Callam gives notice of retirement from BWA

Callam and former United States President Jimmy Carter greet each otherNeville Callam has given notice of his intention to retire as general secretary of the Baptist World Alliance (BWA) on December 31, 2017.

As per policy, the general secretary, the chief executive of the international umbrella organization for Baptists, should give a minimum notice of 12 months.

Callam, a Jamaican, made history when he was elected to the position in July 2007 during the BWA Annual Gathering in Accra, Ghana, as the first Black person to hold the position. Since its founding in 1905, all previous general secretaries were American or European.

He took over the BWA just when the Great Recession occurred. Working with the Budget and Finance Committee, Callam shepherded the body through the financial crisis and global economic meltdown, with minimal dislocations and impact on the operations of the BWA and its staff.

 

In addition, after the Implementation Task Force completed its work in 2008, there were major constitutional and operational changes within the BWA, many with potentially disruptive implications on the future of the organization that Callam had to navigate.

Under Callam’s leadership, much work was done to streamline the administration of the BWA office, giving clarity to the alignment of purpose, function and operational modalities. He worked with staff to employ relevant technology to improve BWA functions while minimizing cost, and put in place a conference management system to secure greater economic sustainability.

The divisions on Evangelism and Education and Study and Research were merged into the newly formed Division on Mission, Evangelism and Theological Reflection (METR).

The Division on Freedom and Justice (F&J) was established in 2008 after years of discussion of the need for such a unit in the BWA. One consequence of the Great Recession was the 2016 merger of both METR and F&J into the Division on Mission, Evangelism and Justice when pledged donor funds failed to materialize to support a separate F&J division.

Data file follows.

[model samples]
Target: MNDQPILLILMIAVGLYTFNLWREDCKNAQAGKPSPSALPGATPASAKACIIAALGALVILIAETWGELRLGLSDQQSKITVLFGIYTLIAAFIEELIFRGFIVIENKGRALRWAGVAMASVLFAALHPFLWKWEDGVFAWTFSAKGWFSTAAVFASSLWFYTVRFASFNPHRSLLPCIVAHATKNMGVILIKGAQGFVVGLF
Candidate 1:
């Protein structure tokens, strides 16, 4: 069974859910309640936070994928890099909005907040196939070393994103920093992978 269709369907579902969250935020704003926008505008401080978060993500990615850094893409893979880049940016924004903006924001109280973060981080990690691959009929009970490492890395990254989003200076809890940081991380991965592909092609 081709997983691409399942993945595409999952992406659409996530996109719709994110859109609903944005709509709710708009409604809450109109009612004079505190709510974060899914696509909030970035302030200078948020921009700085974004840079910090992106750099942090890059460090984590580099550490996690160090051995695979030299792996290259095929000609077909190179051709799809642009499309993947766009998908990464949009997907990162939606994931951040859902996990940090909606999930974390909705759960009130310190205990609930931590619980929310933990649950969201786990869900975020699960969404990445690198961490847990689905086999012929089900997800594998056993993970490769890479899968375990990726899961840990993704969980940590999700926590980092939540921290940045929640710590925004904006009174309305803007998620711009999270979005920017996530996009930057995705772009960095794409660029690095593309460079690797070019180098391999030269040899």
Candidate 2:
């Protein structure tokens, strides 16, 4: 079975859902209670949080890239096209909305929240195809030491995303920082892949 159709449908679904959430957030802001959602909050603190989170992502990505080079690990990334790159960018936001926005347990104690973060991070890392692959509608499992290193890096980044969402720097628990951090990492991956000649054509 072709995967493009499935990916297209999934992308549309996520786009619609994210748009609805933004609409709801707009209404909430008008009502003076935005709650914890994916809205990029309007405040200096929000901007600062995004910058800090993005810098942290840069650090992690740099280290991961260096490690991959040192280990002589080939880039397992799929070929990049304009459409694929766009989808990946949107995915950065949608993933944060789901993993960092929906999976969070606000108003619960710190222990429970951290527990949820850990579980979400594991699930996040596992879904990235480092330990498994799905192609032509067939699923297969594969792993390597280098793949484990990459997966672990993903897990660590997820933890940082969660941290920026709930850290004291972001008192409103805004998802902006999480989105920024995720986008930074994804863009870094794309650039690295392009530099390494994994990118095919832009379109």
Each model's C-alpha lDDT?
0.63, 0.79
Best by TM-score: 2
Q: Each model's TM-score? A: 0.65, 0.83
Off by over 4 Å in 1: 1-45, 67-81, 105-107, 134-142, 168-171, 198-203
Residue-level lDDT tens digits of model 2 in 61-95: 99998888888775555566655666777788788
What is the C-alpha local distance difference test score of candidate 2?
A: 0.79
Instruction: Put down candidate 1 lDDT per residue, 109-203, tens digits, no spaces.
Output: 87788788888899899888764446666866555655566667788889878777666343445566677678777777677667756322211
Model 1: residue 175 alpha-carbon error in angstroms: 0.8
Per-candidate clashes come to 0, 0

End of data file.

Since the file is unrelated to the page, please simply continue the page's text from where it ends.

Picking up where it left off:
BWA membership has grown since Callam came into office, moving from 214 to 235 member organizations in 122 countries and territories, bringing new countries and territories such as Vietnam, Grenada, and the Turks and Caicos Islands, into the BWA fold. Some new groups from East and Central Africa found their beginnings in refugee camps in countries such as the Democratic Republic of the Congo, Uganda and South Sudan.

Bread of Life, an evangelism training initiative, a successor to the Jesus Christ, Living Water program, played a significant role in forging Baptist cooperation among various Baptist groups in countries, including Brazil and Haiti. Callam worked tirelessly to help settle disputes among Baptists and bring about reconciliation in places such as Kenya and Liberia.

A Covenant on Intra-Baptist Relations was adopted to provide a framework for BWA response to the diversity of language, culture, opinions and perspectives in meetings and in the various operations of the international body. The document considers the great diversity that exists among Baptists, particularly within the BWA. It assists member organizations to understand that all equally belong in, and are needed by, the BWA and provides a framework for respectful trans-cultural relationships.

In his retirement notice letter, Callam said his commitment in serving the BWA was to “draw attention to the church's mission as the mission of God,” locating the ministries of relief and development, the defense of freedom and justice and a commitment to the unity of the church within that vision. He ceaselessly insisted “on the theological foundation for these values.”

“You are one of those gifts from God for the church,” BWA President Paul Msiza said in response to Callam’s announcement. “I have been touched and encouraged by your deep faith and commitment to God and to the mission of the church. Your hard work and sacrificial service describe your deep commitment and love for the BWA.”

“My first response was one of sadness. It felt I was losing something very significant and precious,” declared John Upton, former president and current chair of the Human Resources Committee, upon learning of Callam’s plans to retire from the organization. “I have been deeply grateful for the opportunity to work alongside Neville, not only while serving as president of the BWA, but in every other capacity. His deep commitment to the BWA and his tireless service to it will long be appreciated.”

Noting his scholarship and commitment to theological rigor and integrity, Upton said Callam “modeled unsurpassed excellence of service” and that “his leadership has challenged the BWA to become increasingly an authentic global Baptist community.”

Callam acknowledged God’s guiding presence and the support of his wife, Dulcie. “Serving in this position, God has never failed me and, through all the opportunities and challenges, I have benefited from the unwavering faithfulness of my wife who has helped me selflessly.”

A search committee is expected to commence work to choose Callam’s successor.

Baptist World Alliance® 
©November 21, 2016

Prayer for South Africa

#FeesMustFall student protest in South AfricaBaptists around the world are encouraged to join the call of the Baptist Union of Southern Africa (BUSA) to engage in a “special united prayer on Sunday 30 October” for South Africa.

BUSA made the call to its own membership at the conclusion of its 2016 Assembly in early October. “We are all familiar with the many challenges facing our country and Christian community,” wrote BUSA President Patrick Diba and General Secretary Angelo Scheepers.